If a disability has left you unable to work, you may be collecting social security disability (SSDI) payments. If negligence played a role in your injuries and you are considering filing a personal injury claim, will a settlement impact your ability to receive SSDI payments? SSDI is a federally-funded program that provides disabled workers with a source of income if they cannot continue working. The general rule of thumb with SSDI is that you must report any wages you receive – even if those wages are extremely low. For example, if your disability prevents you from working your full-time job, but you take a five-hour-per-week shift at the local library, you must report those wages.
A personal injury lawsuit may result in a large settlement or court award. Does this payout need reported to SSDI? Although this compensation may be substantially greater than wages earned from a part-time job, there is one significant difference – settlements are not wages.
Exceptions to the Rule
A settlement is not considered to be wages unless part of that settlement is intended to compensate you for lost wages. Settlements can be comprised of multiple parts, including pain and suffering, medical expenses, and lost wages. If compensation for lost wages is part of your settlement, you will need to report this amount to SSDI as such. A skilled disability insurance lawyer can help you determine what percentage, if any, of your settlement is compensation for lost wages. Furthermore, if you receive punitive damages or interest of any kind, these forms of compensation may also be considered income. A skilled attorney can help you navigate this exceedingly complex area of the law. Contact a Boston disability insurance lawyer today.
The Flip Side
Will SSDI payments affect your settlement? The short answer is, maybe. Multiple factors are taken into consideration when determining the size of a personal injury settlement or court award. Income is one of those factors. Let’s say a high-wage earner makes about one-million dollars annually. If she misses a day of work due to an SSDI-covered injury, that day of lost wages may be worth nearly $3,000. If she misses ten days, she may lose closer to $30,000. If this individual is on SSDI, her personal injury settlement will not include lost wages because SSDI is already covering her lost wages. Therefore, her settlement may be $30,000 less than she expected.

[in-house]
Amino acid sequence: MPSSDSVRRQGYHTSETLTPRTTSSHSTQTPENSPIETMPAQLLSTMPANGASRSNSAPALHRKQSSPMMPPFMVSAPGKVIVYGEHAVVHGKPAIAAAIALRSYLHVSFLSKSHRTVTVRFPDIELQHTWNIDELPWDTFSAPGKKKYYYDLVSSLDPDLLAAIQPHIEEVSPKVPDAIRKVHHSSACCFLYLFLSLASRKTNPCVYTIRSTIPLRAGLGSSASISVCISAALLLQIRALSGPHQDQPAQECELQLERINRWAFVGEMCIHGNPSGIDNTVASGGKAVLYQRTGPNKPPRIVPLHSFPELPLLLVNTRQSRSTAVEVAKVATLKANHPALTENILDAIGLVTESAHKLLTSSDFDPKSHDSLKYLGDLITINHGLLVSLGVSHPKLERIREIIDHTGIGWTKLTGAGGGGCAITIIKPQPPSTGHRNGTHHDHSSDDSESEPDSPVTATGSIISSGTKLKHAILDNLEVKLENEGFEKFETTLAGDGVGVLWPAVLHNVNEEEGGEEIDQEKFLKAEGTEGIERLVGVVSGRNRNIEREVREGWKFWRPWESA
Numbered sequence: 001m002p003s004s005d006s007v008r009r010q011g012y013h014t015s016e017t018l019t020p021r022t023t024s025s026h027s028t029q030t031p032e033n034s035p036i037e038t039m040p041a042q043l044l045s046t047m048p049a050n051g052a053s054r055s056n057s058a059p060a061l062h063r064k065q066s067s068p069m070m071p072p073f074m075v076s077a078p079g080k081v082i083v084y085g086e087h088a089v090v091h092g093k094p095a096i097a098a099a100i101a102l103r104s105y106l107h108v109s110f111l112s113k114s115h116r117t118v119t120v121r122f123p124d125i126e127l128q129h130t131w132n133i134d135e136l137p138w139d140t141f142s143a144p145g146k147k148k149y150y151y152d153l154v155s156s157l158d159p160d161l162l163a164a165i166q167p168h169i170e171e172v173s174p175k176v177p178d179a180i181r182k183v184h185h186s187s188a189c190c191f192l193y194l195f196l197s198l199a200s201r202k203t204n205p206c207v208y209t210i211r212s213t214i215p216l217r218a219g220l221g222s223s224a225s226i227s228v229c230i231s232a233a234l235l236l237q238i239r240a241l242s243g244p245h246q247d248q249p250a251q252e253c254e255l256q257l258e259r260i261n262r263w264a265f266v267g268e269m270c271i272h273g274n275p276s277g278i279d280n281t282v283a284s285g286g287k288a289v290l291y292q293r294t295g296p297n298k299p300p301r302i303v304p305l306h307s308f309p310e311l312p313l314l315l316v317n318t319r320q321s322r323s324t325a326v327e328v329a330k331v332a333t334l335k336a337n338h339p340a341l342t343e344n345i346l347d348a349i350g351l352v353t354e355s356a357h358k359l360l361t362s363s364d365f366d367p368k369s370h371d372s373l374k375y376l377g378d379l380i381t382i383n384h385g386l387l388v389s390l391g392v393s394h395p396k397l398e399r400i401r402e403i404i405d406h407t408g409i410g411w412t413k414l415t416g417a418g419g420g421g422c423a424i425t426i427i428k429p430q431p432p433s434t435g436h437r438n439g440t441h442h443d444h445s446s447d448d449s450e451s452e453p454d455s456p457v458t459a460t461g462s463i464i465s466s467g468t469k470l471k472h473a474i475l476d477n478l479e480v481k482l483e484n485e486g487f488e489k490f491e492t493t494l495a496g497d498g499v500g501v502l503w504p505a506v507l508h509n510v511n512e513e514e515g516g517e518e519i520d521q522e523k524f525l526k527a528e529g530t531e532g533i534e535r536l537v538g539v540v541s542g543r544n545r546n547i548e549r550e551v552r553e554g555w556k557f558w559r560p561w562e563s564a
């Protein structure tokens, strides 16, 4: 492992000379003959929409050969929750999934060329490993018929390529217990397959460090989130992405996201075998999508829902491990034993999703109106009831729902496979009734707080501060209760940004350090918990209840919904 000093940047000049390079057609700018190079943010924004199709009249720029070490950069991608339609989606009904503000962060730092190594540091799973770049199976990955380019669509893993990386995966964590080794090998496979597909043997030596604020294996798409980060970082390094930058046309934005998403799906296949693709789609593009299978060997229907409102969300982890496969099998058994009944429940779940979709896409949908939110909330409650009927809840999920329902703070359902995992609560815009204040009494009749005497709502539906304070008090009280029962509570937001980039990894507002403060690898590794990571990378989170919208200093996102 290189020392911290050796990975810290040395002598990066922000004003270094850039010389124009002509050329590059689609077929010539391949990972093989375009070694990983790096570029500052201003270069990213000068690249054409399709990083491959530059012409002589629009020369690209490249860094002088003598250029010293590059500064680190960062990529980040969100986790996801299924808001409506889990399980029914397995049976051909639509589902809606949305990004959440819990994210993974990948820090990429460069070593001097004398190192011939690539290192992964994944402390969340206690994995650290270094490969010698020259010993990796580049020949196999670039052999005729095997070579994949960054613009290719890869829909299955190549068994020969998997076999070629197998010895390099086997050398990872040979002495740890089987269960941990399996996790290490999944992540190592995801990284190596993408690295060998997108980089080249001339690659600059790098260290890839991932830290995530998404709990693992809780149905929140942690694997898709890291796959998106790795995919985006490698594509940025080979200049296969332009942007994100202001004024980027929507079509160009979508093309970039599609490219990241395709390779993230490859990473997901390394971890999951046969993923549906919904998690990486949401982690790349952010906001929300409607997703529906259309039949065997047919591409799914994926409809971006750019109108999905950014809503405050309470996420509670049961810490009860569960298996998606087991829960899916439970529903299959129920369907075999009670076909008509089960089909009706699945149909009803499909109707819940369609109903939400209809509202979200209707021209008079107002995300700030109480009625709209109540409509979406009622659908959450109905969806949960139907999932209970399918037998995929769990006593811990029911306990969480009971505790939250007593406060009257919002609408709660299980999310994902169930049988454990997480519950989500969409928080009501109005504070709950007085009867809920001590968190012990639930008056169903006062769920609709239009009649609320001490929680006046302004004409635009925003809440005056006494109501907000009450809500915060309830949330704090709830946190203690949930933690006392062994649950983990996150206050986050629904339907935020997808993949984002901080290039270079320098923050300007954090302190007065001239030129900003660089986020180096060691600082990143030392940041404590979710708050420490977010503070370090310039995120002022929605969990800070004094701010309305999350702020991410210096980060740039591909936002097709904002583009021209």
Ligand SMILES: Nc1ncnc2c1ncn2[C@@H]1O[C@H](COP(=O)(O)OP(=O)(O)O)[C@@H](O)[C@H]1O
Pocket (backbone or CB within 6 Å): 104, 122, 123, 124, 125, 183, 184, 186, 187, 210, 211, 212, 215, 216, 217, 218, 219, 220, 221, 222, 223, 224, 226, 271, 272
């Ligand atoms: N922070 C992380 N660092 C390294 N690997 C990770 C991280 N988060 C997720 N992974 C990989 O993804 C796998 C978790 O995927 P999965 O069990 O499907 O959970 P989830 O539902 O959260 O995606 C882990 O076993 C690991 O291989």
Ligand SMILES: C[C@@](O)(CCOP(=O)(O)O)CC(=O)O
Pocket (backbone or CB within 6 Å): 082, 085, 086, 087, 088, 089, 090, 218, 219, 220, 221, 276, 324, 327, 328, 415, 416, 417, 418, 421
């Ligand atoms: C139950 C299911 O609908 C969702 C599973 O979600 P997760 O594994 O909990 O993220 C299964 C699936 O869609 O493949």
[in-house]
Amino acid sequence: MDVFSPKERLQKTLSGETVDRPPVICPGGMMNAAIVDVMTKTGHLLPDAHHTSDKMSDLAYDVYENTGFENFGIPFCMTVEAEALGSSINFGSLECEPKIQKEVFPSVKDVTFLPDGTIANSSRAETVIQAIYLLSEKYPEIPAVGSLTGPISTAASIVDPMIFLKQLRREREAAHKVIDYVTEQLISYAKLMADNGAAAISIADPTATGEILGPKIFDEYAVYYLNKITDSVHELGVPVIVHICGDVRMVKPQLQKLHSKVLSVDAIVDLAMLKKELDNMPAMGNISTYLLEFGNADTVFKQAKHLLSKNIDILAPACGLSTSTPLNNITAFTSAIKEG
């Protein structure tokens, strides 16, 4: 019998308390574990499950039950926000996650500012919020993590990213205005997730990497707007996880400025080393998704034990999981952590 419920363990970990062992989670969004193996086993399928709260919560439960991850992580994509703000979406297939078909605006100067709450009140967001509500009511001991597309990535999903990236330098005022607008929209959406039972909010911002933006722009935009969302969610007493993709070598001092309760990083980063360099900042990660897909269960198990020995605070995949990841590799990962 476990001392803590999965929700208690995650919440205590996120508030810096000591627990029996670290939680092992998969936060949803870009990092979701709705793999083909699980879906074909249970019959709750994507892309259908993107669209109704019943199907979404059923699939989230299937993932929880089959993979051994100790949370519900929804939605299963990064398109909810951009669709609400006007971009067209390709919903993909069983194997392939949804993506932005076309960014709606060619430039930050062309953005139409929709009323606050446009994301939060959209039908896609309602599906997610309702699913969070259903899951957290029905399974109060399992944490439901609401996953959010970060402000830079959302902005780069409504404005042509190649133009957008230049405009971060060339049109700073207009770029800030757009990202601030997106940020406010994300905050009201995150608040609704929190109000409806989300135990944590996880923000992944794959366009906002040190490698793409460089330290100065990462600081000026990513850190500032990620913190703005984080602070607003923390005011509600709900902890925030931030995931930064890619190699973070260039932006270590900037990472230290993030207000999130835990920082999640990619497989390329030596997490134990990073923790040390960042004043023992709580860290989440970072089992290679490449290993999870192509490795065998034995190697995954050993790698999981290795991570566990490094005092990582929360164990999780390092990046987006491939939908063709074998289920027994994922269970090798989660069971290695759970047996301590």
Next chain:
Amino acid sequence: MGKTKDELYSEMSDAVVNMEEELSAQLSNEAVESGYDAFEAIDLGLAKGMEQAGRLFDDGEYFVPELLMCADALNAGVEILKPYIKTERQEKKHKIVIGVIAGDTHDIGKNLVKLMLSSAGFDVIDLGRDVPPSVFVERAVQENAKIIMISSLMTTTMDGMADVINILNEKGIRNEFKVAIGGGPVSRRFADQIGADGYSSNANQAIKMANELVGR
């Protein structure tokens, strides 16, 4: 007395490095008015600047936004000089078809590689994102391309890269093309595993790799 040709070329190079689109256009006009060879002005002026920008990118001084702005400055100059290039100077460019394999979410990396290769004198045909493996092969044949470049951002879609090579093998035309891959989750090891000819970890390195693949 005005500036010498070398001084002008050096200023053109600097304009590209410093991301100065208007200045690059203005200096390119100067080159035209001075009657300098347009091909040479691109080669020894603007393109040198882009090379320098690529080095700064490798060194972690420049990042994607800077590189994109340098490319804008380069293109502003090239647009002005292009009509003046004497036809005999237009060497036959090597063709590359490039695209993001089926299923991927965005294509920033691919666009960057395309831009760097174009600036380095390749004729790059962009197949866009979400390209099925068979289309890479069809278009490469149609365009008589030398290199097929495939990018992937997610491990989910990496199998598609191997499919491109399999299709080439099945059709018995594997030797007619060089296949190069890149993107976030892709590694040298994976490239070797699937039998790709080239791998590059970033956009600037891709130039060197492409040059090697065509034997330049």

SSDI vs. SSI
What’s the difference between SSDI and SSI? SSI stands for Supplemental Security Income, another federal program that provides supplementary income to elderly and disabled individuals who are already collecting SSDI or standard social security benefits. This is a need-based program, and a personal injury settlement or court award can have a direct impact on SSI benefits. With the help of a skilled disability insurance lawyer, you can determine how a personal injury settlement may affect your current SSI or SSDI payments. Contact a Boston personal injury lawyer today.
Altman & Altman, LLP – Disability Insurance Law Firm Serving Boston and the Surrounding Areas
If you are collecting SSDI payments as a result of a disability, and are considering filing a personal injury claim, the skilled legal team at Altman & Altman, LLP can help. We have been protecting the rights of MA workers for more than 50 years. Our knowledgeable attorneys have extensive experience with these types of cases, and an impressive track record of obtaining compensation for our clients. Contact Altman & Altman, LLP today for a free and confidential consultation about your case.